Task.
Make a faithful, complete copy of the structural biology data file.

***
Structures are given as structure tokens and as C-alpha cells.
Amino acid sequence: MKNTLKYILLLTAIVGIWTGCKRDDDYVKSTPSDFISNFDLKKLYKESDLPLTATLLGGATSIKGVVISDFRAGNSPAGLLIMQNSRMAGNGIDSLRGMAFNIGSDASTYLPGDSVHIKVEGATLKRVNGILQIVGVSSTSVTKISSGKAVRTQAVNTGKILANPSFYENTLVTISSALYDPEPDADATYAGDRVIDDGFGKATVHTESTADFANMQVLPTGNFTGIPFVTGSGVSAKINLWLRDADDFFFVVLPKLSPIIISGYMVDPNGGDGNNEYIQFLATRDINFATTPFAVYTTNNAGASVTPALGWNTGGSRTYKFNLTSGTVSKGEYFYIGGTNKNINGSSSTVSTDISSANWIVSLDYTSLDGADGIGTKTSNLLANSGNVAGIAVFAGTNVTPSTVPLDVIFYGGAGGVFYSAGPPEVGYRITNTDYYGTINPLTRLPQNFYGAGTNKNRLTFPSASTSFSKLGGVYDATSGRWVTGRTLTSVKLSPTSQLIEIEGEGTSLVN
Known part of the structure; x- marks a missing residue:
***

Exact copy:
Structures are given as structure tokens and as C-alpha cells.
Amino acid sequence: MKNTLKYILLLTAIVGIWTGCKRDDDYVKSTPSDFISNFDLKKLYKESDLPLTATLLGGATSIKGVVISDFRAGNSPAGLLIMQNSRMAGNGIDSLRGMAFNIGSDASTYLPGDSVHIKVEGATLKRVNGILQIVGVSSTSVTKISSGKAVRTQAVNTGKILANPSFYENTLVTISSALYDPEPDADATYAGDRVIDDGFGKATVHTESTADFANMQVLPTGNFTGIPFVTGSGVSAKINLWLRDADDFFFVVLPKLSPIIISGYMVDPNGGDGNNEYIQFLATRDINFATTPFAVYTTNNAGASVTPALGWNTGGSRTYKFNLTSGTVSKGEYFYIGGTNKNINGSSSTVSTDISSANWIVSLDYTSLDGADGIGTKTSNLLANSGNVAGIAVFAGTNVTPSTVPLDVIFYGGAGGVFYSAGPPEVGYRITNTDYYGTINPLTRLPQNFYGAGTNKNRLTFPSASTSFSKLGGVYDATSGRWVTGRTLTSVKLSPTSQLIEIEGEGTSLVN
Known part of the structure; x- marks a missing residue: